The web is currently awash with various expert gurus making their "predictions" for 2013. It’s remarkably easy to be an Internet guru these days, well over 50% of the predictions I’ve seen have been as vacuous as “mobile will grow this year” or “social will continue to be popular”; look out Nostradamus...
I think the one thing we can be absolutely certain of in 2013 is that Google’s continued tweaking of their search algorithm will continue to confuse many of these self proclaimed Internet gurus and in turn the many believers who blindly follow them will also find themselves rather lost.
Web forums are packed with people calling themselves professional SEOs doling out truly awful advice to all kinds of unfortunate business owners just trying to keep their search positioning healthy. Comments I see all the time are things like “Google declared war on business” or “SEO is such a complex science now”. Granted, for certain search terms SEO is very complex; we’re well familiar with this as two of the most competitive keyphrases around are ‘web design’ and ‘search engine optimisation’, but to the vast majority of site owners, SEO remains a fairly simple thing.
Google have been making these updates to remove cheats, duplicates and spam from their system. The decision to name a couple of them after pandas and penguins has led to all kinds of increasingly ridiculous debate and rumours about crushing changes to come variously called Pony, Zebra and a whole menagerie of other creatures. Some are real, some aren't, none of them are terribly crushing to anyone other than the cheats.
A lot of these puzzled SEO gurus are puzzled because they built their services around SEO short cuts; spamming article sites, directories, forums and blogs with totally irrelevant links, using software to auto post hundreds of links all over the place and so on.
Such activities do not create a quality Internet of websites or a quality search engine experience.
Google likes to do well by it’s customers, and people forget that Google’s customers are not website owners, they’re web surfers, so adjusting the algorithm to kick these cheat-built websites down the list is a good result for the customers. Tweaking is ongoing (you can stay up to date on the excellent SEOmoz website here), in places some good quality sites have lost positions and some poor ones have popped up at the top of results, but the work is getting there, the short cuts are fading away and the keening wail of cheats no longer prospering is reverberating around the Interwebs!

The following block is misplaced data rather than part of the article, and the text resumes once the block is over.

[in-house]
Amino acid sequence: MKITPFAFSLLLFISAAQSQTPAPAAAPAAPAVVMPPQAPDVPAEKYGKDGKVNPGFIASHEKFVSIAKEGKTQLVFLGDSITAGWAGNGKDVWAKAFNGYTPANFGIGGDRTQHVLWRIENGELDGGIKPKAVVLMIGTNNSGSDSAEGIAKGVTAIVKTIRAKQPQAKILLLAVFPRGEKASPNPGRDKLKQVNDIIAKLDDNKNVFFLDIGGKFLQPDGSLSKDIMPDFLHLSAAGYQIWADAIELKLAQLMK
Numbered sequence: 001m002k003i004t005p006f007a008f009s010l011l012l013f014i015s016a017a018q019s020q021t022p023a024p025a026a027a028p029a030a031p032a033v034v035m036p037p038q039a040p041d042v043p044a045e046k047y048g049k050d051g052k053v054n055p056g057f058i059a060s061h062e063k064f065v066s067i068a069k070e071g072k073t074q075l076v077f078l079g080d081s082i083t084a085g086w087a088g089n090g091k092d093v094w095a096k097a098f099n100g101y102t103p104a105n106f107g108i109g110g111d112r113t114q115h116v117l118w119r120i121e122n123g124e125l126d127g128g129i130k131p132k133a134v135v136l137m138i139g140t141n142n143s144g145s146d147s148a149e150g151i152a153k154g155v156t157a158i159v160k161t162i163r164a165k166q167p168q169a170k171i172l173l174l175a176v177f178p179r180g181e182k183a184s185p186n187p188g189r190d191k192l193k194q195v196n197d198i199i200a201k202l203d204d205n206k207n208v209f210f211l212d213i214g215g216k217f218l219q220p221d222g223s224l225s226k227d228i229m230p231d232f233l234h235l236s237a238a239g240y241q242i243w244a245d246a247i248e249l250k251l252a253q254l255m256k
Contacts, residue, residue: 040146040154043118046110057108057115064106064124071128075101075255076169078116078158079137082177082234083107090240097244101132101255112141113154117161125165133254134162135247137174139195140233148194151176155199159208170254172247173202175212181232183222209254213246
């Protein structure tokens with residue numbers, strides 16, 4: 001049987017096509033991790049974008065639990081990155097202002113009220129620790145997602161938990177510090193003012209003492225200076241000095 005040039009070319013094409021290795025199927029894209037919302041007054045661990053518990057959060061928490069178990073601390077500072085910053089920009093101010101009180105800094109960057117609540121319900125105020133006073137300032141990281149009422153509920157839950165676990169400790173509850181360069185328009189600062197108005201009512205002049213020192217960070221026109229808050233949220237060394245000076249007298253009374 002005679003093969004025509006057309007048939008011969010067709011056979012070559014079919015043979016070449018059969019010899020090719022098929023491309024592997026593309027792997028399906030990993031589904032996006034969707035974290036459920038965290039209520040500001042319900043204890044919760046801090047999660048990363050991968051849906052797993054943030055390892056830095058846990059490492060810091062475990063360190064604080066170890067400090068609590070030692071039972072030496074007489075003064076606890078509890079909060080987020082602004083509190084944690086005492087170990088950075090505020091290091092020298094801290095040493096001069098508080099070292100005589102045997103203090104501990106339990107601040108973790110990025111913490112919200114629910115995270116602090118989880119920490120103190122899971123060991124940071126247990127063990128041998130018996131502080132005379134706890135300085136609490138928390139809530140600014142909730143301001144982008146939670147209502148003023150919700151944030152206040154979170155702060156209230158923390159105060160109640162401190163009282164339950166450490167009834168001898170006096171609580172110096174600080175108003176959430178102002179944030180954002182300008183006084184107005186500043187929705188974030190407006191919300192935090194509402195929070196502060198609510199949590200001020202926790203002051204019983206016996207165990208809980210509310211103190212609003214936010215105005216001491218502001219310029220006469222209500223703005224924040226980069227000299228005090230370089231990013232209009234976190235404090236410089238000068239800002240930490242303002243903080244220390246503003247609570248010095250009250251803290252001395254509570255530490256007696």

So what should a website owner do these days?
On-page SEO on your own website is still really critical; it’s well worth getting an experienced web copywriter to do all your text and make sure your web designer/SEO has filled out the hidden tags in website code called alt and meta tags. Make sure you are using the best possible keywords, and consider adding that blog you've been considering and updating it with interesting stuff regularly.
Off-page SEO is where most of the confusion reigns. In the past, simply having lots of links from third party sites was good for your search results. The big change is that now only links from high quality sites relevant to your website have any value.
That’s really it, that’s what’s thrown all these SEO experts into puzzled despair.
So, if you want to help your SEO, third party link building is still a great way to do it but you have to make it relevant and high quality;
Build reciprocal links with suppliers, partners and clients, often these will drive people to your website as well as helping SEO
Be part of forum and blog communities; find high quality blogs and forums (they’ll finish high in search results) that are relevant to your business. Start hanging out there for ten minutes each day, ask questions, answer questions, chat with others, fill out the autosignature with a link to your website, very quickly you have hundreds of links from a relevant and quality site. Same idea with blogs but using the comments feature most offer, don't be tempted to do the "great info thanks for posting" cheat; it's called fluff, it isn't welcome on quality sites and will ultimately get you booted off them.